1893-O Morgan Dollar A Rarity
By 1893 the Morgan dollar was being produced under the terms of the Sherman Silver Purchase Act. But in 1893 this silver purchasing clause was repealed. This created a situation where, since 1878, there had been more than enough silver purchased by the government to make silver dollars. Suddenly the supply was drastically reduced. This entailed lower total mintages from all facilities, which produced most of the rarities.
At the time, the public probably didn’t notice the slowdown in production, as there would have been enough silver dollars in circulation. The fact is , there were numerous articles at the time detailing the cost of housing all of the silver dollars not in use.
The mintage numbers of 1893 reflected the sudden lack of silver. The Philadelphia 1893 had a mintage of 378,000, the 1893-CC was at 677,000, the 1893-S stood at 300,000, and the 1893-O was at 300,000. One could suggest it was not a typical year for the production of Morgan dollars, especially when the Carson City Morgan had the highest mintage number.
The 300,000 mintage total in New Orleans was the lowest New Orleans Morgan dollar total. What is even more surprising is that Mint records show that the entire mintage was produced in January of 1893 with New Orleans producing no additional Morgan dollars for the rest of the year.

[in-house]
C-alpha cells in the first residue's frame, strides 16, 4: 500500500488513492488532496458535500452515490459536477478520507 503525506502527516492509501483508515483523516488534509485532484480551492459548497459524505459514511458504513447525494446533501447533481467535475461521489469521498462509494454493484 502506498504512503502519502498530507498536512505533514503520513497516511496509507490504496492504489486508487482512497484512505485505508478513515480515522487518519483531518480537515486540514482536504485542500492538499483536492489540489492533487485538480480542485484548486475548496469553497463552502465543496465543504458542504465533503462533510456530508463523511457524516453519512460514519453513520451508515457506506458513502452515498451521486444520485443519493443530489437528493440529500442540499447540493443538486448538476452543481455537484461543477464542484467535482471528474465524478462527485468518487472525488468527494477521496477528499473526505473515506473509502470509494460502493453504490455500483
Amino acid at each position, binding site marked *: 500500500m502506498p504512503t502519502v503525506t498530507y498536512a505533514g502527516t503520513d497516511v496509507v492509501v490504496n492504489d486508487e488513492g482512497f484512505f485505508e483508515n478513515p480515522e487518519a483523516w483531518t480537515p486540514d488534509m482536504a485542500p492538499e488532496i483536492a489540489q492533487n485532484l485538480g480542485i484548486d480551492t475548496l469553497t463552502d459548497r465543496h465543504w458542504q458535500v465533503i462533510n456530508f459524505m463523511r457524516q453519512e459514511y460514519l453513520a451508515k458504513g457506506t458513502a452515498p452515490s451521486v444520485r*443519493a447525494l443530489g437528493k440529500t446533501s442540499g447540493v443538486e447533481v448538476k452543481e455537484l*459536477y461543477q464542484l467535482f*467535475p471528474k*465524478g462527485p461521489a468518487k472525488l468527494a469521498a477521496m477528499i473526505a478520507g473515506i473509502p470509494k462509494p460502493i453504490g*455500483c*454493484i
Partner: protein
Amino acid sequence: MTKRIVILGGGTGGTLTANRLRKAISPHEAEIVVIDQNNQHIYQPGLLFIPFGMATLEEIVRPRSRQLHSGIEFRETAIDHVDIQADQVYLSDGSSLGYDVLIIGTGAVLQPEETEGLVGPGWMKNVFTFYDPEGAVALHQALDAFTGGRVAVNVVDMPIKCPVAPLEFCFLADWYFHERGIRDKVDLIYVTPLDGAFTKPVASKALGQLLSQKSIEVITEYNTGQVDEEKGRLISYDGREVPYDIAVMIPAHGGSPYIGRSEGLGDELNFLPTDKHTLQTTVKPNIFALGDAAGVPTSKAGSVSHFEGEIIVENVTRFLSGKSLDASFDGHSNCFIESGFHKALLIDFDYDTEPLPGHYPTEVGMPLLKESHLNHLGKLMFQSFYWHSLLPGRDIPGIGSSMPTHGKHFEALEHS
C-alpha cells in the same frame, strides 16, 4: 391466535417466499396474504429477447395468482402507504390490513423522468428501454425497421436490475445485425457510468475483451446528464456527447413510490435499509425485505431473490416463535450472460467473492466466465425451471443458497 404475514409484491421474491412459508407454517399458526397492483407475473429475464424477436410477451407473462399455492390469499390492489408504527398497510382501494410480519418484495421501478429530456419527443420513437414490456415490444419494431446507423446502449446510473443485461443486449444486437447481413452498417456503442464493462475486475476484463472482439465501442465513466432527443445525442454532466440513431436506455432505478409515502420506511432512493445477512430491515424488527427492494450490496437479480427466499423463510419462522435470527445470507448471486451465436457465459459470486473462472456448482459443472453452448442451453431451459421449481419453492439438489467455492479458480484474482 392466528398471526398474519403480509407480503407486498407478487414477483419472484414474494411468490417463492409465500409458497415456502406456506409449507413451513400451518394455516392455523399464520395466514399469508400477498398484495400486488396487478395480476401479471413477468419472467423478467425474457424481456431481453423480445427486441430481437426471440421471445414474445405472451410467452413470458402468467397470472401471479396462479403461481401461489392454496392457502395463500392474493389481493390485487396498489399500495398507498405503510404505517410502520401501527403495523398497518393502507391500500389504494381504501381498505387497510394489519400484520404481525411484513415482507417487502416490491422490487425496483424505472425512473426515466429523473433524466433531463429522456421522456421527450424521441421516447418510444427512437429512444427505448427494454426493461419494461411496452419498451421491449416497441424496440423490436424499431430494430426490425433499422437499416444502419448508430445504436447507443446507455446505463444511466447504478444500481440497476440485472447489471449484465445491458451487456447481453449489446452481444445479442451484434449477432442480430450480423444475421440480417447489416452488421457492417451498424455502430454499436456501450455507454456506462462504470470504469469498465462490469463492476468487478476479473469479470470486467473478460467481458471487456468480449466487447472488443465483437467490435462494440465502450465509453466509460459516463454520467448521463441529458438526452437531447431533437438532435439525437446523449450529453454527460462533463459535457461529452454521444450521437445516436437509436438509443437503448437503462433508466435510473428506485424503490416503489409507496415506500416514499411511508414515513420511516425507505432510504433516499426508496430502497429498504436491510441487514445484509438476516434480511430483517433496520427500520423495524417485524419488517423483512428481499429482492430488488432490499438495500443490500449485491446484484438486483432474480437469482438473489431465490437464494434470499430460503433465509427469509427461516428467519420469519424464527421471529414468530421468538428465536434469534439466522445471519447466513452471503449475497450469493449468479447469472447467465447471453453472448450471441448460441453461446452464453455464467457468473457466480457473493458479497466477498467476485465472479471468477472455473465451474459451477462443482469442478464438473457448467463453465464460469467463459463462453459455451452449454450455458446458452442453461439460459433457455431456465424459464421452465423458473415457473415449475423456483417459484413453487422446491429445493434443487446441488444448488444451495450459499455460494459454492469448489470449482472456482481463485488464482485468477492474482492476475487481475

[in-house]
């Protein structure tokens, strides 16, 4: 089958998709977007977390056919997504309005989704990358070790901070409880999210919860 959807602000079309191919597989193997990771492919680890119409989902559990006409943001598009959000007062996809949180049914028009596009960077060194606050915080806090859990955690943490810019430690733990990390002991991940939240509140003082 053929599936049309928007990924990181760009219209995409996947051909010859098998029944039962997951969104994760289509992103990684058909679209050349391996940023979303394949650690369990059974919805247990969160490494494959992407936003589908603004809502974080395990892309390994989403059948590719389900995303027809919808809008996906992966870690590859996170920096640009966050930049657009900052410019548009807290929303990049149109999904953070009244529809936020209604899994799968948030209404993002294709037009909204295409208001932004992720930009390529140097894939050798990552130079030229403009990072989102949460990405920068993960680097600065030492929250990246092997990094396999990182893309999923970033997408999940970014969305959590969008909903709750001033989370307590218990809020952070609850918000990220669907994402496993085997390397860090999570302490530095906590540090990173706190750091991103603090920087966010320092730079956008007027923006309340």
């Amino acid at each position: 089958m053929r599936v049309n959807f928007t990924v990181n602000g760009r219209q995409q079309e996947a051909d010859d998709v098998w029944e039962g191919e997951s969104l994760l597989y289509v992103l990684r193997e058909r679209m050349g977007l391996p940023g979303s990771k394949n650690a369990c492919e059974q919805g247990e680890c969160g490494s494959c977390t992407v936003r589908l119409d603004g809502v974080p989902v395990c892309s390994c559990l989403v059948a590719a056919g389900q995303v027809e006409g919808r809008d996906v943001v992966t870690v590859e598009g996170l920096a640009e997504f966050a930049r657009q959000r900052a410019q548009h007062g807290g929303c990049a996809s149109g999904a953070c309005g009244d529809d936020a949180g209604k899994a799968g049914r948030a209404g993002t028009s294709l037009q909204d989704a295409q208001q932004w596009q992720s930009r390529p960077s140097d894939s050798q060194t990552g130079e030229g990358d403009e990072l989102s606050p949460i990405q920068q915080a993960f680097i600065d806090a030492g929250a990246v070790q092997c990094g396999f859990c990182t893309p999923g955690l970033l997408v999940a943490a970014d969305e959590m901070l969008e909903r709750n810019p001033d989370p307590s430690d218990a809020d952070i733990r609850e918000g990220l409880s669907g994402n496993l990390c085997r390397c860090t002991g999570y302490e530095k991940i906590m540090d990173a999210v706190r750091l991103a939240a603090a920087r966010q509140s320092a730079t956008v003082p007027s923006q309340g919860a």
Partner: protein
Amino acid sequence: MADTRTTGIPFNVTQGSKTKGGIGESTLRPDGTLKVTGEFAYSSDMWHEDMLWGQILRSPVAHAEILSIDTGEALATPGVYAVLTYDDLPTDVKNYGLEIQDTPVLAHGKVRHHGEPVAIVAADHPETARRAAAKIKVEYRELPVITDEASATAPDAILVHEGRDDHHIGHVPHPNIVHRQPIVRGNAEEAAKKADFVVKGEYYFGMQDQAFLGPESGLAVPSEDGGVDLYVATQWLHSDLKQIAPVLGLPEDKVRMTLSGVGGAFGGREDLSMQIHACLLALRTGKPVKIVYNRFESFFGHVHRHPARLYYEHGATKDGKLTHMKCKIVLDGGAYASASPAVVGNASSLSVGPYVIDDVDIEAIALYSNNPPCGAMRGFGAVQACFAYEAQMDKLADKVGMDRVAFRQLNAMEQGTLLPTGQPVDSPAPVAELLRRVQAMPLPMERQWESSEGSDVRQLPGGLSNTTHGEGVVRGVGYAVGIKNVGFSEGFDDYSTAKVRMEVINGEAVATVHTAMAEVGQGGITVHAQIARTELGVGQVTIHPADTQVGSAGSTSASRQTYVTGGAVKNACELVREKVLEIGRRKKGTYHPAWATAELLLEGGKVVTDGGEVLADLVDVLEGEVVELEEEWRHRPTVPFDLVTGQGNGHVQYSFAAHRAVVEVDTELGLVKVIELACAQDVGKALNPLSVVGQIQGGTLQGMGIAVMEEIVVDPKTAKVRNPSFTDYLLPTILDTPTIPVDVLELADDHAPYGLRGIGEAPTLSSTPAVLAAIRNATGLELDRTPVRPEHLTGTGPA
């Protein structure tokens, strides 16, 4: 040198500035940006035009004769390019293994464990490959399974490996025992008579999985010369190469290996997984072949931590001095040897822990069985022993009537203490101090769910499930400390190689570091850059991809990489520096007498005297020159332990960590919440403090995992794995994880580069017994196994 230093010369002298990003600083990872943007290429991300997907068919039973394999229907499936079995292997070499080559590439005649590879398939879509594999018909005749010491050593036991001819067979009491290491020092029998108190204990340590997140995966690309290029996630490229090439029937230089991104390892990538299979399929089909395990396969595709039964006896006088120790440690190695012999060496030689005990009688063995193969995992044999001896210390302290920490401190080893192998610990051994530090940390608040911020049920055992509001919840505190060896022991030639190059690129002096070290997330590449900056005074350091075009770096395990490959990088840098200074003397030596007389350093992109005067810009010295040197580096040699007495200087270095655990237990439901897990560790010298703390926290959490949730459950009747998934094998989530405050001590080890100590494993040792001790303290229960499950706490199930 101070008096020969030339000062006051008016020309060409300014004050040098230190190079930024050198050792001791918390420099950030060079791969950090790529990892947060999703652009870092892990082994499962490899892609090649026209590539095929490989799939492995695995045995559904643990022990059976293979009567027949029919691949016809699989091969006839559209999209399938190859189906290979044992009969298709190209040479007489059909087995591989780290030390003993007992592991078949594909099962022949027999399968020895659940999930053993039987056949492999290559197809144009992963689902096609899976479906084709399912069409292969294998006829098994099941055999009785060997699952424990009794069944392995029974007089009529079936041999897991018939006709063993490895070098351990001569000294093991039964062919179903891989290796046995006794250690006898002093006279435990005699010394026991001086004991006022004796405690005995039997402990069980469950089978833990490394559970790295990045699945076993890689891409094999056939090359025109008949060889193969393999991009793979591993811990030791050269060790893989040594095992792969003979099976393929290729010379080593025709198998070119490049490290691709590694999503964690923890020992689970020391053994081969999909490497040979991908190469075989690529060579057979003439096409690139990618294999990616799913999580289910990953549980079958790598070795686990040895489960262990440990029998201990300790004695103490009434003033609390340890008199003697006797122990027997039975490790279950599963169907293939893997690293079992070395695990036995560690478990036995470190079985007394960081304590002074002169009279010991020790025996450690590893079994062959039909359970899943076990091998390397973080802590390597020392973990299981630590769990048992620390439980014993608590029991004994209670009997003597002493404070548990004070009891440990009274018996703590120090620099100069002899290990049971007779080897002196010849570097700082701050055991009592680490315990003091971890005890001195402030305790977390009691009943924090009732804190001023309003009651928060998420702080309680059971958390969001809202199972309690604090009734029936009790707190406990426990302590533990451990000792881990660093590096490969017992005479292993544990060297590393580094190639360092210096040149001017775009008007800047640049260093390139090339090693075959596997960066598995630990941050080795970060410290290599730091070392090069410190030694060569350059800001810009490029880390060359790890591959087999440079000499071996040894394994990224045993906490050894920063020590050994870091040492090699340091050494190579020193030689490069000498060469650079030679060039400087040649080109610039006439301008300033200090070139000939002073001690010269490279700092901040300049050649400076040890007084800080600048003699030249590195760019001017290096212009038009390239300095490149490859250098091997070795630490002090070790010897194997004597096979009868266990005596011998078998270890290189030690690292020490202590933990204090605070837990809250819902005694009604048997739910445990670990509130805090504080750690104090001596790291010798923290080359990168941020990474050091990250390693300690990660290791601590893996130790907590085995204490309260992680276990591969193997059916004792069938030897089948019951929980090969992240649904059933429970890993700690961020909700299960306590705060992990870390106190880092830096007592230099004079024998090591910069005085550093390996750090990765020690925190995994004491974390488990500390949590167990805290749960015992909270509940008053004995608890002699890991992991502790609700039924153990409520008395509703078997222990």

The distribution of the 1893-O is another side issue related to this Morgan dollar. Of course part of the problem was the low mintage number of this particular Morgan dollar. It didn’t make much of a dent in a world filled with hundreds of millions of Morgans that were either in circulation or being stored in vaults. Perhaps some saw circulation in the New Orleans area.
The fact is that the 1893-O is not available in any numbers in any grade. Even in V-8, the 1893-O can easily list for $195 and that makes it a fairly expensive Morgan dollar in that grade. The basic problem for the 1893-O in Mint State is that most are not in a nice condition. It is famous for having bagmarks, poor luster, and usually poor striking. A nice 1893-O is a major exception to the general rule.
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